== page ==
So my following note to a very helpful grandma of one of my daughter’s friends sums up the insane whirlwind of this season’s birthday parties:
“I just wanted to thank you for all of your help with the kids today. Seriously. You were a godsend. This week I started a new job requiring very long hours, am still nursing a sprained shoulder, and hosted the baby’s 1st party this morning.
By this afternoon’s party, I was exhausted.
Then you helped out with the baby and even retrieved my daughter for me as we headed home. (Did I mention my belt broke at that party and I was nervous my loose pants would fall down as I chased her?)
Anyway, just wanted to thank you a thousand times over for helping out.
It was greatly appreciated.”
In this part of the country birthday parties are a B.F.D.
And kiddie fetes have unwritten rules of engagement:
For kids five and under, the whole class must be invited.
It’s tacky to open gifts at the party.
Provide goodie bags or takeaways for the kiddie guests.
At “no present” parties, guests will always bring presents anyway…just in case you didn’t mean it, or they didn’t read the Evite, or Candyland was on sale, or whatever.
Send a thank you note of some sort (there are raging debates on local listservs about whether an emailed or paper note is most proper. My rule: if you sent an electronic invitation, send the same as a thank you. Likewise, paper invites warrant a paper thank you).
Two weeks ago, we attended three birthday parties back-to-back–all in one day. One party was a double-feature party with specially-ordered princess costumes for the birthday girls, themed activity tents on the lawn (professional face painting, dress up, crafts, sand play, and, of course, cake and food.) The goodie bags included large teddy bears, each in a unique outfit.
Last week, we got turned around on the way to a party for a toddler and wandered by accident into another party at a park replete with two bounce houses, a petting zoo, pony rides, a balloon animal artist, and an art auction. The child was turning one.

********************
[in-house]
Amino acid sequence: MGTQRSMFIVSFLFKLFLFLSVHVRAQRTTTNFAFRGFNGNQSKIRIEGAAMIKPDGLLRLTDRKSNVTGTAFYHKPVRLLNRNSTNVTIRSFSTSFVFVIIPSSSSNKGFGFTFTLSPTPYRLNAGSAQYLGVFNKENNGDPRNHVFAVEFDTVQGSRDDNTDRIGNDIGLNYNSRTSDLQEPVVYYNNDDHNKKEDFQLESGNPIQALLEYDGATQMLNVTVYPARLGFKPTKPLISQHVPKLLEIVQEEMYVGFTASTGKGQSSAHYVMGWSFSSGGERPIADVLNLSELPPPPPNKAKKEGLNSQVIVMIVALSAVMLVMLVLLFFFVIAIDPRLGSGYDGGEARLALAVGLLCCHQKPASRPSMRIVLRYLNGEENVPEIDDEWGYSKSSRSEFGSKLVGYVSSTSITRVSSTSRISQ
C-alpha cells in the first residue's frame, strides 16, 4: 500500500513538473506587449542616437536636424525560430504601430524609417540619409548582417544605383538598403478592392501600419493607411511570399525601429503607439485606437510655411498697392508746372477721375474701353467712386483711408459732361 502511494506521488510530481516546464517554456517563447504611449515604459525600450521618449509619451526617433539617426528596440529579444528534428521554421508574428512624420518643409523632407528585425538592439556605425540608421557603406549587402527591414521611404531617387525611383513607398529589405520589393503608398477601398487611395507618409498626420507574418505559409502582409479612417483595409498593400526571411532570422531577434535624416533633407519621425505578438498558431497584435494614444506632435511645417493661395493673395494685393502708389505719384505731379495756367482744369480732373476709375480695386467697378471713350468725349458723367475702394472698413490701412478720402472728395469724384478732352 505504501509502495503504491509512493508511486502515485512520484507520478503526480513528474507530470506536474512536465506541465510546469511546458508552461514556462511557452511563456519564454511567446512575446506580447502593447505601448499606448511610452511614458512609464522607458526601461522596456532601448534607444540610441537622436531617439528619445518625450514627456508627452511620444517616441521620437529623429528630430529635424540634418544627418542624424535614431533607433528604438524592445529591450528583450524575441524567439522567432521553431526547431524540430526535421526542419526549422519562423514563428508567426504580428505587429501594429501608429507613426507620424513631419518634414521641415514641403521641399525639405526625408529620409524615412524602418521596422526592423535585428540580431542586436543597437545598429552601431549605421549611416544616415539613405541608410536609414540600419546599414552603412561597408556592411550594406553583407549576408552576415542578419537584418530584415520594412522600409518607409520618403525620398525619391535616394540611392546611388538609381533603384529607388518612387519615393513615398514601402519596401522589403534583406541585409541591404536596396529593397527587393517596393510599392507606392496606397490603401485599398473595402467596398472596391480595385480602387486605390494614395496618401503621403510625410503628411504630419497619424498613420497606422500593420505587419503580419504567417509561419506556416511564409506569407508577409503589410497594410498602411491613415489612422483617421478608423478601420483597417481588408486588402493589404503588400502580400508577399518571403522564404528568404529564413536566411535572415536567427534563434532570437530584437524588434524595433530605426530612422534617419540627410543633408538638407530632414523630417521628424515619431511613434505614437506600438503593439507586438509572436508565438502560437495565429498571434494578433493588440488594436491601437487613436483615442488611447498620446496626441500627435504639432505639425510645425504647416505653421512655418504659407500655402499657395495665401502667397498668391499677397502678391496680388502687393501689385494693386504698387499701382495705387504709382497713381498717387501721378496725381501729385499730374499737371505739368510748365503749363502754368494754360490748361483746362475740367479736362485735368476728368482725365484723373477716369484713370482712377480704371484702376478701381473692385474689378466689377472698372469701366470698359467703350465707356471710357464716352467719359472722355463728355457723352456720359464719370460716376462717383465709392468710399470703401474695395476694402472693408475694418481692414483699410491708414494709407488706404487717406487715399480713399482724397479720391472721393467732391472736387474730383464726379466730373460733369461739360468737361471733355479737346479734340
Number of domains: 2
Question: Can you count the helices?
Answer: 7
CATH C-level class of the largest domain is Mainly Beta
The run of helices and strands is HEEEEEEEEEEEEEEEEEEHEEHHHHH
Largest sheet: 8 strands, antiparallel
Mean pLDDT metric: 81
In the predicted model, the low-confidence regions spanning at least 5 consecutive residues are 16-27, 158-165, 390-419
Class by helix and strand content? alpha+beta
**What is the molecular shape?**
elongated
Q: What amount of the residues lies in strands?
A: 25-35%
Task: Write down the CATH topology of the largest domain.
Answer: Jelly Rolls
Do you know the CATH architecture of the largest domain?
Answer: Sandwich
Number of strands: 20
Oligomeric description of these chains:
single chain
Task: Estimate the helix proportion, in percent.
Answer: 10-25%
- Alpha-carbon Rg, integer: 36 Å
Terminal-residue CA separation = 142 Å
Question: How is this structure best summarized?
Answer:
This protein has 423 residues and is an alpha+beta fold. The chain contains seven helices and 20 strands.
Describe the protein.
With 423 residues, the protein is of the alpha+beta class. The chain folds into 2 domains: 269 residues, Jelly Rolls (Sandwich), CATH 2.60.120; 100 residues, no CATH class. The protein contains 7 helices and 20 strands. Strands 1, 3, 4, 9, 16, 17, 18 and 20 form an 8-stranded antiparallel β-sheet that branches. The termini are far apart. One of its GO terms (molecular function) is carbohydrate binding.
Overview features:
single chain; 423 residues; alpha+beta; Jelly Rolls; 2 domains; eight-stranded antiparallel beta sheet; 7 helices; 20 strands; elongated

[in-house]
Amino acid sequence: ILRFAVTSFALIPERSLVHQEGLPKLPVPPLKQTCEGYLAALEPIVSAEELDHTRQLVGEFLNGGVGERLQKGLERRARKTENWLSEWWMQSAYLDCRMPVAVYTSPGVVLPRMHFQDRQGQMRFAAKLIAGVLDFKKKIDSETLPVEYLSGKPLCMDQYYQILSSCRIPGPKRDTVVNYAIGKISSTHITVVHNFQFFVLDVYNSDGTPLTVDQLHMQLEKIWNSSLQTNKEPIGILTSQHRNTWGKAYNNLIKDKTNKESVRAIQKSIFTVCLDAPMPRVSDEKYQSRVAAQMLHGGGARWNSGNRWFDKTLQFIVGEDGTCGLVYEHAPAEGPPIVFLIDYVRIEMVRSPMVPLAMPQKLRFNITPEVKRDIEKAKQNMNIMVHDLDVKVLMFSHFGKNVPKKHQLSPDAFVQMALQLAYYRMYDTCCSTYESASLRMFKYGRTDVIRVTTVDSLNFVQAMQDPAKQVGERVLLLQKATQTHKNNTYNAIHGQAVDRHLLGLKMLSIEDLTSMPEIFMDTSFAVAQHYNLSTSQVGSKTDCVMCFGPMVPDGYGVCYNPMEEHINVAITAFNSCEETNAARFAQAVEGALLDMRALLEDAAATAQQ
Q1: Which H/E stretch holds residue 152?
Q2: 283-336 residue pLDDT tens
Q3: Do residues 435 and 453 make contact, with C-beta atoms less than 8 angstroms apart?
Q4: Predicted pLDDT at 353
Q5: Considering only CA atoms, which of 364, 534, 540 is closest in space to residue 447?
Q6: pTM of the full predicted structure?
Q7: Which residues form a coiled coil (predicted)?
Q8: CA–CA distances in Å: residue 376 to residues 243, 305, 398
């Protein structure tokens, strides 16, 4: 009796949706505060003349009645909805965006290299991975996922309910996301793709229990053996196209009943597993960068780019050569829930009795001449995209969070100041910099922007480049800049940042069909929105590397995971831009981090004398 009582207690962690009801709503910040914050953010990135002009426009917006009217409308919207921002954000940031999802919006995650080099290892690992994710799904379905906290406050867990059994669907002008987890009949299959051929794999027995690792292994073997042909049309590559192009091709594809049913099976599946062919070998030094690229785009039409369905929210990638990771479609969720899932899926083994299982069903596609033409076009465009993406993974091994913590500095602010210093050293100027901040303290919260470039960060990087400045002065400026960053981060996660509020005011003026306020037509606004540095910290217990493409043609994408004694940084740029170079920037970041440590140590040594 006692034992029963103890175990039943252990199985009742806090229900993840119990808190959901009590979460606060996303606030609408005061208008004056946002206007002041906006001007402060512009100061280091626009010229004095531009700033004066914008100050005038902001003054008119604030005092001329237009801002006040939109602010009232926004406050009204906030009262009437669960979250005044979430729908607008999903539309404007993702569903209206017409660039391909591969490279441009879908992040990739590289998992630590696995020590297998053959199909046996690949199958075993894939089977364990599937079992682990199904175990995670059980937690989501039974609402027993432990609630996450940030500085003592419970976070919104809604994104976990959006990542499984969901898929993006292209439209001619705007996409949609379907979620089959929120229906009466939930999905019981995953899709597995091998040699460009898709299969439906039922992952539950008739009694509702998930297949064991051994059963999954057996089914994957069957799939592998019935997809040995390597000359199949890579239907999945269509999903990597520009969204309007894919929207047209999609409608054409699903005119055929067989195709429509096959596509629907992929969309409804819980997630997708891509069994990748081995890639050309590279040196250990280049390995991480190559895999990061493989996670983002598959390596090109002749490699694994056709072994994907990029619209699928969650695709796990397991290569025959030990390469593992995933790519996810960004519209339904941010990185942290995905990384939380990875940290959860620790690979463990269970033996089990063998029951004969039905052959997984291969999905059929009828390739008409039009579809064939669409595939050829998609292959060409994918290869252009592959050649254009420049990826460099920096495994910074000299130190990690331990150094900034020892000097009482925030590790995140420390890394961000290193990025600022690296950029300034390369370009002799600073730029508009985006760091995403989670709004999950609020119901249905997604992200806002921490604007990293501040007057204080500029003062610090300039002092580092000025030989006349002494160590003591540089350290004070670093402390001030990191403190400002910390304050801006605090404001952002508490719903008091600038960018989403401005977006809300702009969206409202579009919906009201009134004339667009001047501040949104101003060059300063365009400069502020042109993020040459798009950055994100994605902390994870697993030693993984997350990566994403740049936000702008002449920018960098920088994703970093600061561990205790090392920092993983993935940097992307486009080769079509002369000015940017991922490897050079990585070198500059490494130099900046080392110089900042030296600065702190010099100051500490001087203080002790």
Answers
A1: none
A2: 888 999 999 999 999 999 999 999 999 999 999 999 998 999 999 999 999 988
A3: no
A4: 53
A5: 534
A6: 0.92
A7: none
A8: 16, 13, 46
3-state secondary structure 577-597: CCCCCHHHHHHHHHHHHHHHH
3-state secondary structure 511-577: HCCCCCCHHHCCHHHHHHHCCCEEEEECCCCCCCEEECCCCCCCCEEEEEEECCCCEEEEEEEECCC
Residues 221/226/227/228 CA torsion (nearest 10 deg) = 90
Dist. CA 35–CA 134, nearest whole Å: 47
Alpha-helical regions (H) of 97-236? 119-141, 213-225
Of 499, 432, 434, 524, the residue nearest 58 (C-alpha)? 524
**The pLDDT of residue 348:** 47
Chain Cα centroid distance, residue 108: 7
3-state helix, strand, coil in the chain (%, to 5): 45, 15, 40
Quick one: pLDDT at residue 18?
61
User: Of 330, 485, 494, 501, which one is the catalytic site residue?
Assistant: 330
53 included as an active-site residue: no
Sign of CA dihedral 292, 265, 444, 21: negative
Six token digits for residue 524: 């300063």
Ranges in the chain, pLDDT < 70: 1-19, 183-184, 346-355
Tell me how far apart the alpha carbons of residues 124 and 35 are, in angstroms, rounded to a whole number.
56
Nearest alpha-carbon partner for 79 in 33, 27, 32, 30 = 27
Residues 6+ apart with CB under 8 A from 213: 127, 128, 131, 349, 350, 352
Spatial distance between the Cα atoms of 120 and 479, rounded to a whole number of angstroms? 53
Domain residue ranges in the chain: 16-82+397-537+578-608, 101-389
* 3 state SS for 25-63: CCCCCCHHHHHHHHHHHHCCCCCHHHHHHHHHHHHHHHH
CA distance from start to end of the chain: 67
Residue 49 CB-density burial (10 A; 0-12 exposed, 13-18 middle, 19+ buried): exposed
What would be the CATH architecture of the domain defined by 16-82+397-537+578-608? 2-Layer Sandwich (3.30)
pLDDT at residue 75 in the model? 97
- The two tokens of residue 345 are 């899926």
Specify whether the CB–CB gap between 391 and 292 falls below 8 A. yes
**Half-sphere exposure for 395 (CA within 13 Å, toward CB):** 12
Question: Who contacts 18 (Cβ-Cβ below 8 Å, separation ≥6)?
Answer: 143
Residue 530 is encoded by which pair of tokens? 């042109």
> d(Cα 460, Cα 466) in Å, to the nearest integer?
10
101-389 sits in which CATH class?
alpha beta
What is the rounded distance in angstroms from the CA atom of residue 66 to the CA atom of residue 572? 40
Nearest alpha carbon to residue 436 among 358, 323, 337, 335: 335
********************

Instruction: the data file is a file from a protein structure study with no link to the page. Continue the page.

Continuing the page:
Yep, welcome to D.C. Home of neurotic overachievers who put in long hours at work and guiltily try to make up the missed time with tons of extracurricular activities and big blowout birthday parties. And, now that Pinterest is a factor, it’s like giving type-A crack to a bunch of addicts.
And for the record, yes, that includes me.
Just take a look at the “The good mother hen” section on my Pinterest page (self-plug alert ;) ) and you’ll see a bevy of party ideas.
The baby’s teddy bear picnic themed 1st birthday party was Pinterest-inspired. I roped my visiting sis and goodnatured husband into helping me decorate teddy bear goodie bags and festooning the house and yard with red and white picnic-themed decorations. The menu included grapes and strawberries decorated to look like caterpillars and lady bugs, sandwiches decorated as butterflies, and homemade cupcakes decorated to look like teddy bears. The kids hunted for fake food in the yard to feed the teddy bears. We painted the kids’ faces, played with bubbles, and invited teddy bears to the fest. Each kid went home with mini teddy bears and gummy bears in their goodie bags.
The baby, who we lovingly call “Papa Bear” and who turned one yesterday, of course was oblivious to all of this.
He was amused when we sang happy birthday, but wailed in protest when I tried to offer him one of those carefully decorated cupcakes.
The huge teddy bear we bought him as a gift went largely ignored.
He was happiest just crawling around with one of his baby buddies and plinking on an old toy piano.
And that’s as it should be.